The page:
Saturday, 13 January 2007
New York State Finger Lakes Winter lake-effect events: Surface, sounding, and synoptic environment
Much of the current knowledge regarding lake-effect snow storms is associated with large water bodies, such as the Great Lakes and the Great Salt Lake. Snowfall events attributed to small lakes (fetch < 100 km) have received less attention, although significant snowfall totals have been documented with these systems. This study uses data from the eleven winters (October – March) of 1995 through 2005 to examine the characteristics of lake-effect systems in the Finger Lake region of New York State (NYS). WSR-88D radar data from Binghamton, NY was used to identify 108 lake-effect events which contained quasi-stationary precipitation bands aligned with a major-axis of one or more of the Finger Lakes. The lake-effect events were classified into three main categories: Finger Lakes (36), Lake Ontario-enhanced (57), and synoptic-enhanced (15). In addition, 17 cases occurred which transitioned from one main category to another during the lake-effect systems evolution.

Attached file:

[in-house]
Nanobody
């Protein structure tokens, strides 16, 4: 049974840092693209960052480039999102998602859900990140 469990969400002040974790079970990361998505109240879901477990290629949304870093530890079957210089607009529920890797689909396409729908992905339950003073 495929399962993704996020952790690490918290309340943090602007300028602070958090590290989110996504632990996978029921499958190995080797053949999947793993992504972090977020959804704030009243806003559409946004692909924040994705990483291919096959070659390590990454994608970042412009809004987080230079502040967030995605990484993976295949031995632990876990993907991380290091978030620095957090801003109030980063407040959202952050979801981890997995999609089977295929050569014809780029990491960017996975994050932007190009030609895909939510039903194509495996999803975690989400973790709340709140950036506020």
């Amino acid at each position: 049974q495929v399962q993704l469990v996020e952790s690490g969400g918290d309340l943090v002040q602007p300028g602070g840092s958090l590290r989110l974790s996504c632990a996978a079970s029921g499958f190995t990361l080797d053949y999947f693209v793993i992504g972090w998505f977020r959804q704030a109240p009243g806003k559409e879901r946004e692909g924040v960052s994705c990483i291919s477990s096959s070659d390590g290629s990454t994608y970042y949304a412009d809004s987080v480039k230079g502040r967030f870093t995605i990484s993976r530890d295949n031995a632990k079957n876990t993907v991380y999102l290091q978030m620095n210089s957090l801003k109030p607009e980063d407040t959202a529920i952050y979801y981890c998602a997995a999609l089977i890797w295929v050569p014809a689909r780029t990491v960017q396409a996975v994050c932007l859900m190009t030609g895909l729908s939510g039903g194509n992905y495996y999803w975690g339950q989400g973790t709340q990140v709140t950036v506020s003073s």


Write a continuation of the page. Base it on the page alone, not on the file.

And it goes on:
Hourly surface data and soundings were used to investigate atmospheric conditions during lake-effect events. Surface temperatures and wind speeds were found to be lower during Finger Lakes lake-effect events than either Lake-Ontario enhanced or synoptic enhanced events. Wind directions were most commonly from the northwest; however mesoscale variability in wind direction was observed at surface station throughout the western NYS region. Analyses of soundings which occurred during events found that the mean base of a lower-tropospheric stable layer was significantly lower during Finger Lake events (880 hPa). Examination of the synoptic environment favorable for lake-effect events within the NYS Finger Lakes region showed a systematic shift in the surface temperature and sea-level pressure patterns between synoptic-enhanced, Lake Ontario-enhanced, and Finger Lakes events.